Taken together, these three channels of risk-taking and risk-sharing imply that interconnectedness and excessive risk-taking reinforce one another – a dynamic that exacerbates systemic risk and has implications for the design of the optimal policy.
Implications for macroprudential policy
The model sheds light on the conditions under which interconnectedness leads to financial instability. In contrast to the literature on financial networks in which interconnectedness leads to inefficiencies due to domino (cascade) effects ex-post (e.g. Acemoglu et al. 2015, Di Maggio and Tahbaz-Salehi 2014, Elliott et al. 2014, Battiston et al. 2007, 2012a, 2012b) and especially in the presence of costly default (Greenwald and Stiglitz 2003), in our setting interconnectedness leads to inefficiencies when it concentrates risk and alters risk-taking behaviour ex-ante.
As a result, interconnectedness warrants policy intervention when some institutions are too interconnected to fail, and when these institutions engage in risky activities – which interconnectedness will induce. Therefore, the inefficiencies associated with interconnectedness identified in this paper could aptly be characterized as a too-interconnected-to-fail problem (as distinct from the too-many-to-fail problem of Acharya and Yorulmazer 2007).2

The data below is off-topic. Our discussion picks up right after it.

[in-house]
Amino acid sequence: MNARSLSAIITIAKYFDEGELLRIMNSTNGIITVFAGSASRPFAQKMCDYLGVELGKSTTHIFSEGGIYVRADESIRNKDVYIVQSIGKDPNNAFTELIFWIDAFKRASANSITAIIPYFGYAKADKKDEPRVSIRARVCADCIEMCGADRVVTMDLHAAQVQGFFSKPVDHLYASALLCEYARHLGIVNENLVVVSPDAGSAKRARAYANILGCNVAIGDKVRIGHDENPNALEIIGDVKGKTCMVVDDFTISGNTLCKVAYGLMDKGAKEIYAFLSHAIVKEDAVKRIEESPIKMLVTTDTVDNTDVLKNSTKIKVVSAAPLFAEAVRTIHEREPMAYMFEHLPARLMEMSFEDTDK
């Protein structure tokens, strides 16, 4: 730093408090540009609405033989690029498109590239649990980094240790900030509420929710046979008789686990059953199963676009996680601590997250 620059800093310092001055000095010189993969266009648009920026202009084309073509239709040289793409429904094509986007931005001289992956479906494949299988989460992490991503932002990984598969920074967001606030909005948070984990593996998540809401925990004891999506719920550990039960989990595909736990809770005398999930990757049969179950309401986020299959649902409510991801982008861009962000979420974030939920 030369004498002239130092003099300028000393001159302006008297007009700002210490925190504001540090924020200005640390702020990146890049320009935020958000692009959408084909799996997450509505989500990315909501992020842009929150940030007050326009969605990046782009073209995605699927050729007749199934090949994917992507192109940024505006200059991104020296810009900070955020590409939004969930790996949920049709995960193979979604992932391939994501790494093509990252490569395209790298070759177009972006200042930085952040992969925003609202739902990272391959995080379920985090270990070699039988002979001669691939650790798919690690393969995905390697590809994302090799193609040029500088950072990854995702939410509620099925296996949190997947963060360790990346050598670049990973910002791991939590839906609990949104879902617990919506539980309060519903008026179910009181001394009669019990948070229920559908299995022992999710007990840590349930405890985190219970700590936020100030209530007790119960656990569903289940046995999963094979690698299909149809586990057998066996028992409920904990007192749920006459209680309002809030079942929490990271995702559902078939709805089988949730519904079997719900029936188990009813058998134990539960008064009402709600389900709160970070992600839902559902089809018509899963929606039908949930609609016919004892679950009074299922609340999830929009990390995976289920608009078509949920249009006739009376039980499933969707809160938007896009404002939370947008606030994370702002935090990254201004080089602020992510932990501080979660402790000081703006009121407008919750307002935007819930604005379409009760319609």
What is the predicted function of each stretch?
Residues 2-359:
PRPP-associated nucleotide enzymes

We characterise optimal policies to correct the excessively concentrated structure of the financial system. We show that optimal macroprudential policy discourages interbank lending to institutions with risky portfolios, and can be implemented with Pigouvian taxes on loans to banks with risky portfolios and to banks with direct or indirect exposures to other risky banks. In contrast, policies which only reduce leverage are inadequate in dealing with the problems that we have identified here, since these inefficiencies derive from the asset side of bank balance sheets and do not depend on capital structure per se. We thus provide a rationale for some post-crisis regulations designed to reduce interconnectedness, but those adopted so far may be inadequate in important respects.